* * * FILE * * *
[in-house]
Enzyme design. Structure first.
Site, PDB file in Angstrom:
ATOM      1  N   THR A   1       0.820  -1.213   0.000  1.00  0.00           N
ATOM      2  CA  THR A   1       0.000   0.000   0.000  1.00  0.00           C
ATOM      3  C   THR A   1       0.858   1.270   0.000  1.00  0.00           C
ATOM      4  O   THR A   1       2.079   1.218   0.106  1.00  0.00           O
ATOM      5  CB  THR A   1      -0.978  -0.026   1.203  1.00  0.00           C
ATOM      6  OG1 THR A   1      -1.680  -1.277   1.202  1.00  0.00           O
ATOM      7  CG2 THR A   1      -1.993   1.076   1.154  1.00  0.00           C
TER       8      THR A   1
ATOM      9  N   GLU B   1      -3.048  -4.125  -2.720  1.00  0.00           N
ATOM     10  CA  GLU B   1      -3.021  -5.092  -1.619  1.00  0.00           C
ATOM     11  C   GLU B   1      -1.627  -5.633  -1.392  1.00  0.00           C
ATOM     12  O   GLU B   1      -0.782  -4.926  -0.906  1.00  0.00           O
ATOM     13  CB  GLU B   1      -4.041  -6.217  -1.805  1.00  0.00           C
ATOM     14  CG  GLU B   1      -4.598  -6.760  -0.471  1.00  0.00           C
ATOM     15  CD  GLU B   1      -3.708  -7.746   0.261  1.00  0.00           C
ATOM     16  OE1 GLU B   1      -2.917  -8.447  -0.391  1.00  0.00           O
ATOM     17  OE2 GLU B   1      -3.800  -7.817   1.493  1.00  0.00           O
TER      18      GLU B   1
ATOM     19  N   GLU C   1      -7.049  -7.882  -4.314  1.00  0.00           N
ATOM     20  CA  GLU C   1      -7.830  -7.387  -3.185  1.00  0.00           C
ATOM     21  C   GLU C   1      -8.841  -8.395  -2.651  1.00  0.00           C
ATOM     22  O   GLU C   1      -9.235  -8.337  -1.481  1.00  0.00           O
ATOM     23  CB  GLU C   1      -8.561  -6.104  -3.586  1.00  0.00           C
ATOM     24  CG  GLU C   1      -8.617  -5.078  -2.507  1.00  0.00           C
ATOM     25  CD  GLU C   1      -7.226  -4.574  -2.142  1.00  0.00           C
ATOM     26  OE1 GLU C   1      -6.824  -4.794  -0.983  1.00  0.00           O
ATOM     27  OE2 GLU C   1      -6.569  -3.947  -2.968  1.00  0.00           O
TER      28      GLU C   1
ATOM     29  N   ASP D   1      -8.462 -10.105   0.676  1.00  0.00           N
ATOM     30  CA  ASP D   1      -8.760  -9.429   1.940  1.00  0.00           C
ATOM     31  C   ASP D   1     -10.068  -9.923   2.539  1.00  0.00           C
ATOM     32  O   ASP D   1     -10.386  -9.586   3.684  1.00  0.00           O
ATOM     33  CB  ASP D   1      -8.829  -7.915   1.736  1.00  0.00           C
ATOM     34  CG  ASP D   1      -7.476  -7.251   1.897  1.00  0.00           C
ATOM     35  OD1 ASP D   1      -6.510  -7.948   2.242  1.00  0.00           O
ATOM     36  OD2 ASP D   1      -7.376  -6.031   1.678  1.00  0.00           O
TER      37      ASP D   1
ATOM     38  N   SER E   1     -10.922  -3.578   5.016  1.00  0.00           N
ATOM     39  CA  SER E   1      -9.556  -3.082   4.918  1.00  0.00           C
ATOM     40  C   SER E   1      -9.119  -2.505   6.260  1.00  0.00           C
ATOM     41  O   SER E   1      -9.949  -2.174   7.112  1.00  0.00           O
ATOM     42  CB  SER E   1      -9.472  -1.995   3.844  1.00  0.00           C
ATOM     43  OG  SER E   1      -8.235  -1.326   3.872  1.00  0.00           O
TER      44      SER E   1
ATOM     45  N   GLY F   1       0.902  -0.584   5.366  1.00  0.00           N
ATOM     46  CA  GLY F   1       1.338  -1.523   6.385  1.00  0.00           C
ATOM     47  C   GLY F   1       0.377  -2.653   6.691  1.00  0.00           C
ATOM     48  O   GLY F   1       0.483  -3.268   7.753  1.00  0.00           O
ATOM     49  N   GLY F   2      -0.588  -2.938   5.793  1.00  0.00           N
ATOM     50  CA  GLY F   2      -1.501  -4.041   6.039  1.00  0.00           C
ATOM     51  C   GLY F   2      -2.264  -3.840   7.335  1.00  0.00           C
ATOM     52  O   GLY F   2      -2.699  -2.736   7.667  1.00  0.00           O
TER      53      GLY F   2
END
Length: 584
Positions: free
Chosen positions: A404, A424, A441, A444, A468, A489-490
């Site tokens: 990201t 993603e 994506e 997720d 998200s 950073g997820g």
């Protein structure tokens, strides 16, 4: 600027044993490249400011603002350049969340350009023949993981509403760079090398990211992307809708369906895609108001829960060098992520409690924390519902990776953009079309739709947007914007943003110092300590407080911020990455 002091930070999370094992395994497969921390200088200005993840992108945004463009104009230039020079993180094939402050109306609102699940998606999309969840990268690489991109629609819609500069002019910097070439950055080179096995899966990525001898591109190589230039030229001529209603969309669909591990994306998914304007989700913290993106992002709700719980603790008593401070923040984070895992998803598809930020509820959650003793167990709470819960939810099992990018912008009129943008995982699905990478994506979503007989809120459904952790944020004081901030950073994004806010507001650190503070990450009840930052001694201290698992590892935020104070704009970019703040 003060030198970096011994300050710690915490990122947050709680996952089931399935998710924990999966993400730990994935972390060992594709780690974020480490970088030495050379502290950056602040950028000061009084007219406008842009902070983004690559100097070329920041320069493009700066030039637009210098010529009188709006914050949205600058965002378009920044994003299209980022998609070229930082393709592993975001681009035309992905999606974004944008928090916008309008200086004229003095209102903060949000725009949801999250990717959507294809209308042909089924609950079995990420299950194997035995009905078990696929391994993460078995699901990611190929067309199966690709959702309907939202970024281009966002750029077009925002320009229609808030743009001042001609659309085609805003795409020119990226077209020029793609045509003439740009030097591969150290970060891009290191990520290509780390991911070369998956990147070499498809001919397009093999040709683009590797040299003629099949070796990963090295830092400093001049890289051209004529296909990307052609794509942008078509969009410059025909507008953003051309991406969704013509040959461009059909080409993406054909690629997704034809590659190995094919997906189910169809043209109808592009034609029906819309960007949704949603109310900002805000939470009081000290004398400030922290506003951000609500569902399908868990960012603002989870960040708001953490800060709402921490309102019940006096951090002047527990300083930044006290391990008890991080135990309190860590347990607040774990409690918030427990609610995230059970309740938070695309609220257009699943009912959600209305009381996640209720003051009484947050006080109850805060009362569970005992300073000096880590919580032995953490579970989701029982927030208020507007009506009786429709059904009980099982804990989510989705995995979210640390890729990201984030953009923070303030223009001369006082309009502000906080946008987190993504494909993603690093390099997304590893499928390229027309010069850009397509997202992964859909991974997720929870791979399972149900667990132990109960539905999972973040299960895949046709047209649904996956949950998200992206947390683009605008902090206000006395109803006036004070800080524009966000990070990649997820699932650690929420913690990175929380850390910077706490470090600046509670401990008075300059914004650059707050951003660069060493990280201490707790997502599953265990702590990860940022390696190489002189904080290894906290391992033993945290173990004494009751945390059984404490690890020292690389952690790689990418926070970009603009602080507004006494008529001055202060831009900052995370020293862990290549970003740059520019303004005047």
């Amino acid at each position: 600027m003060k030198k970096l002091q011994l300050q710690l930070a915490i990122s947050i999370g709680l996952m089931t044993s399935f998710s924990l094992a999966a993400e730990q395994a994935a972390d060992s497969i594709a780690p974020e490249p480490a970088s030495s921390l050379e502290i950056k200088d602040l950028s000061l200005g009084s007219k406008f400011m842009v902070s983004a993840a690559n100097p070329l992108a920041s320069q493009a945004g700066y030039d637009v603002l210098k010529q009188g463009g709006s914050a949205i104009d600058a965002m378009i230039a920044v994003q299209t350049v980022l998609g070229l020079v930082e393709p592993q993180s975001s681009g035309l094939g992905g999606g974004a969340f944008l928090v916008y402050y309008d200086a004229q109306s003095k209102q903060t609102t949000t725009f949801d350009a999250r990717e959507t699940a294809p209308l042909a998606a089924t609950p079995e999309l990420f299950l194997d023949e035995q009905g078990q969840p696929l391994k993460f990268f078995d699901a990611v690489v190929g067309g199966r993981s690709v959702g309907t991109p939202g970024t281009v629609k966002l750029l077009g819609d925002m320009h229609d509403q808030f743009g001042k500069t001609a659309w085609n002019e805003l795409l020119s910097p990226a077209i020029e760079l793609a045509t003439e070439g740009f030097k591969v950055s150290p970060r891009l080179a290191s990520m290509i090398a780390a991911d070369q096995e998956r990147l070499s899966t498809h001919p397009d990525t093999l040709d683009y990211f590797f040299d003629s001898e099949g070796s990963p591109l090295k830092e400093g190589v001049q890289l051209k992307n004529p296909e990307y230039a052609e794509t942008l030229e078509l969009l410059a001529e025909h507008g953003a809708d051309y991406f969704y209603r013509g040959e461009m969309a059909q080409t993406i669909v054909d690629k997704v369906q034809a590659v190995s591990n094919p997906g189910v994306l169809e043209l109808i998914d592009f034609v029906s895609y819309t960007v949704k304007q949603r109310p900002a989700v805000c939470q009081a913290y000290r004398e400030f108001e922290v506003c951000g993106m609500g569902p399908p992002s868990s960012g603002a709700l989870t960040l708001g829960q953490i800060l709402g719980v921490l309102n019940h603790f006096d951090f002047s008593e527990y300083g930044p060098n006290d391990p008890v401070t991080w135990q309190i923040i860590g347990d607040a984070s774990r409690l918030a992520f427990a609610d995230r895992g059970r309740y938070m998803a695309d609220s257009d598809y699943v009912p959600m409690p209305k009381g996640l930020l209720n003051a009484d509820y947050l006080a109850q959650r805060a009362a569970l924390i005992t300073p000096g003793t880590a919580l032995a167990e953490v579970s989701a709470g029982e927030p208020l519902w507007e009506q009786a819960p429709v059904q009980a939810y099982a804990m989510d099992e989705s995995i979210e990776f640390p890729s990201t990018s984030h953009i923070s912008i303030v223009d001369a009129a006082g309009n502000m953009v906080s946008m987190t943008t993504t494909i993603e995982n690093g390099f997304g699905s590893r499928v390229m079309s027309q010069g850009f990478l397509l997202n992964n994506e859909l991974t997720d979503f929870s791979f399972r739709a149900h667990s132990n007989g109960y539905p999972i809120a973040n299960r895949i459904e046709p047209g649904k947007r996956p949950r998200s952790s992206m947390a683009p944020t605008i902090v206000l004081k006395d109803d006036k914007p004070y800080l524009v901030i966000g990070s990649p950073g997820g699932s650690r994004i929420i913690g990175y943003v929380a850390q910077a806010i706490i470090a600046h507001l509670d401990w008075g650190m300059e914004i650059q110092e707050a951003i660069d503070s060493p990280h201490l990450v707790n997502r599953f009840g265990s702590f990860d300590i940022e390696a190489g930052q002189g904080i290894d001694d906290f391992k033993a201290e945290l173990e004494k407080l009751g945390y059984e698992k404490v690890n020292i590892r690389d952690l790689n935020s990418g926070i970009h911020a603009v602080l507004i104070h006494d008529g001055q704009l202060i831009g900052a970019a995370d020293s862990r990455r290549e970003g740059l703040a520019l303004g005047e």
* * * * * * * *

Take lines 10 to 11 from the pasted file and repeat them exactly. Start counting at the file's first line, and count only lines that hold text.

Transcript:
ATOM      7  CG2 THR A   1      -1.993   1.076   1.154  1.00  0.00           C
TER       8      THR A   1